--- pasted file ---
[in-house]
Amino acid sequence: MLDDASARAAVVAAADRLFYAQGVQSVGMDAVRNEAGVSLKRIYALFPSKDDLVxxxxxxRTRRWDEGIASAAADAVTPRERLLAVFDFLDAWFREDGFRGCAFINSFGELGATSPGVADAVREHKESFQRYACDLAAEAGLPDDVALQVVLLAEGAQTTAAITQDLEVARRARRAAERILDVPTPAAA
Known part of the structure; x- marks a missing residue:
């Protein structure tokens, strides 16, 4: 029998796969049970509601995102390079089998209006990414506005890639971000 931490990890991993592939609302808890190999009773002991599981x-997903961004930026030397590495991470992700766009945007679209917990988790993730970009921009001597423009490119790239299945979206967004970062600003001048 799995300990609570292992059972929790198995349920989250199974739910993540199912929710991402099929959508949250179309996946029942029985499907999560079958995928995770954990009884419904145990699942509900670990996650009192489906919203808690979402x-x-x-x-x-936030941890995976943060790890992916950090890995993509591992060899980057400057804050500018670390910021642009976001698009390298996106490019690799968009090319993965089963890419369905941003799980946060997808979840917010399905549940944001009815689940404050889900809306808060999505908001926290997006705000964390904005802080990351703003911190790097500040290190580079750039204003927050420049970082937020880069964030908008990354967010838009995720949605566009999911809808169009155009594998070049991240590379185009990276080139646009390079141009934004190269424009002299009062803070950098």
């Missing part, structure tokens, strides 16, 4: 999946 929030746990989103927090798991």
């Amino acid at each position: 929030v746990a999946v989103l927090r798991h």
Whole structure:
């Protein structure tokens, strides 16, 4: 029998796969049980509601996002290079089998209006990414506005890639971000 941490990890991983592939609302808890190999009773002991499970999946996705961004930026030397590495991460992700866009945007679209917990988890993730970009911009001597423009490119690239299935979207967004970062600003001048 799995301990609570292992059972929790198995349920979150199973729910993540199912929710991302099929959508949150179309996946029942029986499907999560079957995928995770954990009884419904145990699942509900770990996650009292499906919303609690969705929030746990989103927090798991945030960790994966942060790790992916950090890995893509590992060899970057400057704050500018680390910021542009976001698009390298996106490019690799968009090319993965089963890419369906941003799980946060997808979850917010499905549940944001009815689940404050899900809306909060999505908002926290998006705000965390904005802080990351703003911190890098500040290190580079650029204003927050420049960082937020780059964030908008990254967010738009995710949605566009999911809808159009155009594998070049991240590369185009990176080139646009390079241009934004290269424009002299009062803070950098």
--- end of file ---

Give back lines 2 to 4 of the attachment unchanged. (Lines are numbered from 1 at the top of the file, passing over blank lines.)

Amino acid sequence: MLDDASARAAVVAAADRLFYAQGVQSVGMDAVRNEAGVSLKRIYALFPSKDDLVxxxxxxRTRRWDEGIASAAADAVTPRERLLAVFDFLDAWFREDGFRGCAFINSFGELGATSPGVADAVREHKESFQRYACDLAAEAGLPDDVALQVVLLAEGAQTTAAITQDLEVARRARRAAERILDVPTPAAA
Known part of the structure; x- marks a missing residue:
């Protein structure tokens, strides 16, 4: 029998796969049970509601995102390079089998209006990414506005890639971000 931490990890991993592939609302808890190999009773002991599981x-997903961004930026030397590495991470992700766009945007679209917990988790993730970009921009001597423009490119790239299945979206967004970062600003001048 799995300990609570292992059972929790198995349920989250199974739910993540199912929710991402099929959508949250179309996946029942029985499907999560079958995928995770954990009884419904145990699942509900670990996650009192489906919203808690979402x-x-x-x-x-936030941890995976943060790890992916950090890995993509591992060899980057400057804050500018670390910021642009976001698009390298996106490019690799968009090319993965089963890419369905941003799980946060997808979840917010399905549940944001009815689940404050889900809306808060999505908001926290997006705000964390904005802080990351703003911190790097500040290190580079750039204003927050420049970082937020880069964030908008990354967010838009995720949605566009999911809808169009155009594998070049991240590379185009990276080139646009390079141009934004190269424009002299009062803070950098």